Currently PKreport only offers console user interface to test model assumptions. It has the following functions: 1) Match metrics. By matching default package variables to data variables based on one-to-one or one-to-many schema, this function sets up global variables for further analysis. 2) Configure figures. This module determines the figure format, figure size and other related properties of figures. 3) Generate figures. Depending on the research goals, users have access to 7 sub-functions for exploratory data analysis, overall goodness of fit plots, parameter diagnostics, random effects diagnostics, structural model diagnostics, residual model diagnostics, and covariate model diagnostics. Each sub-function will create a folder to store related figures as archives. 4) Display results. PKreport offers web browser as a management tool to explore the archives created in function 3 and R scripts in function 5. The main interface includes the names of file directories. 5) Generate R scripts. To improve efficiency and help users to generate high-quality figures, users have option to modify related R scripts to meet their specific requirements. All generated R scripts match the order of figures generated in function 4. 6) Modify figures. Users can also update or modify certain figures with figure ID for particular purpose. 7) Clean archives. This module will delete all archives (file directories and figures) and clean the global variables in R environment. The general architecture is shown in Figure 1.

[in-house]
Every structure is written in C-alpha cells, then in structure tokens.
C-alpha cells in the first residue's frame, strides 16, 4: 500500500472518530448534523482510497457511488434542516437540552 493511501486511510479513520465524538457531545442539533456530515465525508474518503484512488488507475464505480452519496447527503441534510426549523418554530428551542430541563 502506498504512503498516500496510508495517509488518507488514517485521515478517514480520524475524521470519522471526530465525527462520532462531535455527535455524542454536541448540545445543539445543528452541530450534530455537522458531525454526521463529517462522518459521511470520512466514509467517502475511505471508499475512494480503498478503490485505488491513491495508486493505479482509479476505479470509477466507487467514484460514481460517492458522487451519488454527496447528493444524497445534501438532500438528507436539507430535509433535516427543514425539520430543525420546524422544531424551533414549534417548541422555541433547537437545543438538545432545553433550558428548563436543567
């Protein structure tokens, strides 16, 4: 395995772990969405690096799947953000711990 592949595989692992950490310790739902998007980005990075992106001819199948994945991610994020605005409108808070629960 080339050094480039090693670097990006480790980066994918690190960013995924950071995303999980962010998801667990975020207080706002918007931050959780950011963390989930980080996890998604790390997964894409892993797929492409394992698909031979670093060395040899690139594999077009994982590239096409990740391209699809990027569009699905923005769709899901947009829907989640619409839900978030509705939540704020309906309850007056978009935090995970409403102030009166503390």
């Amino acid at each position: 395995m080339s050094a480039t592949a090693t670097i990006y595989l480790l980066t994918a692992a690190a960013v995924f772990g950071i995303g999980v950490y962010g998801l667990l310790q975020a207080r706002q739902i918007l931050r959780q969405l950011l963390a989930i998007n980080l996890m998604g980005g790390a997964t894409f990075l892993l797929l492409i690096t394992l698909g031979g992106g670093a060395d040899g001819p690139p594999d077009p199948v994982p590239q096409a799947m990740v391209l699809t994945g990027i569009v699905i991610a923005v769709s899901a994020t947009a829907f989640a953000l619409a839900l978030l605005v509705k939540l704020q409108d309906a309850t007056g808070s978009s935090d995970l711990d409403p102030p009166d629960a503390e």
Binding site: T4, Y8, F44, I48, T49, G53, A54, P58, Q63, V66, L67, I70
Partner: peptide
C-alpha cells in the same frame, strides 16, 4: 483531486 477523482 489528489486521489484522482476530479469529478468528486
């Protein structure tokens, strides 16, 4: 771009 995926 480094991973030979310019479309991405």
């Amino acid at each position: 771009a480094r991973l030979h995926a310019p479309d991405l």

thumbnailFigure 1. Software architecture of PKreport. It has seven main functions: 1) match metrics; 2) configure figures; 3) generate figures; 4) display results; 5) generate R scripts; 6) modify figure; 7) clean archives. The first two functions set up working environment, and the other functions help to generate reports.

nonmem class